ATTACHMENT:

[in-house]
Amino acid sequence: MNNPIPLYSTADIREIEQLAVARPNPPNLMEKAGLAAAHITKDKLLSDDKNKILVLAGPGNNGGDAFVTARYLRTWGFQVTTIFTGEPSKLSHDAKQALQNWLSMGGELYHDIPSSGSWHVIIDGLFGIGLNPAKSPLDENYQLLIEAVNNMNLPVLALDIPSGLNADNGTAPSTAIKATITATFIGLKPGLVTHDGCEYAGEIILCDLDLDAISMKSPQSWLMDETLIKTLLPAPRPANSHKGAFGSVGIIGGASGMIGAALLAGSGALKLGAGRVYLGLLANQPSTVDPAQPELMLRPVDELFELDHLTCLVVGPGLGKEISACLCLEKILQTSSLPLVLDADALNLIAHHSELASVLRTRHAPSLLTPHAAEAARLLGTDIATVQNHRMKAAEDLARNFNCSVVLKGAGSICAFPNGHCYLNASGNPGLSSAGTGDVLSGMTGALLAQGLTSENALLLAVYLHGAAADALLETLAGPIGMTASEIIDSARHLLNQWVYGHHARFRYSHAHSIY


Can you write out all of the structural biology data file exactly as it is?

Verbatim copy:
[in-house]
Amino acid sequence: MNNPIPLYSTADIREIEQLAVARPNPPNLMEKAGLAAAHITKDKLLSDDKNKILVLAGPGNNGGDAFVTARYLRTWGFQVTTIFTGEPSKLSHDAKQALQNWLSMGGELYHDIPSSGSWHVIIDGLFGIGLNPAKSPLDENYQLLIEAVNNMNLPVLALDIPSGLNADNGTAPSTAIKATITATFIGLKPGLVTHDGCEYAGEIILCDLDLDAISMKSPQSWLMDETLIKTLLPAPRPANSHKGAFGSVGIIGGASGMIGAALLAGSGALKLGAGRVYLGLLANQPSTVDPAQPELMLRPVDELFELDHLTCLVVGPGLGKEISACLCLEKILQTSSLPLVLDADALNLIAHHSELASVLRTRHAPSLLTPHAAEAARLLGTDIATVQNHRMKAAEDLARNFNCSVVLKGAGSICAFPNGHCYLNASGNPGLSSAGTGDVLSGMTGALLAQGLTSENALLLAVYLHGAAADALLETLAGPIGMTASEIIDSARHLLNQWVYGHHARFRYSHAHSIY